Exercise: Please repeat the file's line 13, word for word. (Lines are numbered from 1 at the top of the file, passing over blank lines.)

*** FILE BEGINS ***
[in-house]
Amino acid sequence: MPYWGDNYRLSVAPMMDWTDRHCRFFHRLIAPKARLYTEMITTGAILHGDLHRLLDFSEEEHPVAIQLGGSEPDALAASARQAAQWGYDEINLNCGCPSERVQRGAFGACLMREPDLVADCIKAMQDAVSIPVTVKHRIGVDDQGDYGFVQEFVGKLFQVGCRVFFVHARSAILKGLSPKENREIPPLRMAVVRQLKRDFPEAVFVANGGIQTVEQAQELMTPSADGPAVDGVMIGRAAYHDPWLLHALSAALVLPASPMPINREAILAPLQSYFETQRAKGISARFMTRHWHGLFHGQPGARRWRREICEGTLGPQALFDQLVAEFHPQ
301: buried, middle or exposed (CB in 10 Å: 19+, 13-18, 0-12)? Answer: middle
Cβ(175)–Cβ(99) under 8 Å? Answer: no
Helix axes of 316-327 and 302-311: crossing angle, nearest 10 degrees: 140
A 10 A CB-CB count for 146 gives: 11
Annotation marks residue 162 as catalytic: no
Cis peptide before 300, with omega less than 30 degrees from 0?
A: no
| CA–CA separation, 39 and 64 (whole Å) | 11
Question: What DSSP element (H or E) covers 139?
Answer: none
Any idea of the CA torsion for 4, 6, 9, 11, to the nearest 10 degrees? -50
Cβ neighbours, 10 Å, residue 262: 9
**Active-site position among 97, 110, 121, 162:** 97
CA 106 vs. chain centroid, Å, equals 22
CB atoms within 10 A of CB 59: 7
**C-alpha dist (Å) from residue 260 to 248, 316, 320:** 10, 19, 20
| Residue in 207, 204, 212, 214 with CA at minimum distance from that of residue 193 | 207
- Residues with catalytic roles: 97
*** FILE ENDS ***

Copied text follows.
Any idea of the CA torsion for 4, 6, 9, 11, to the nearest 10 degrees? -50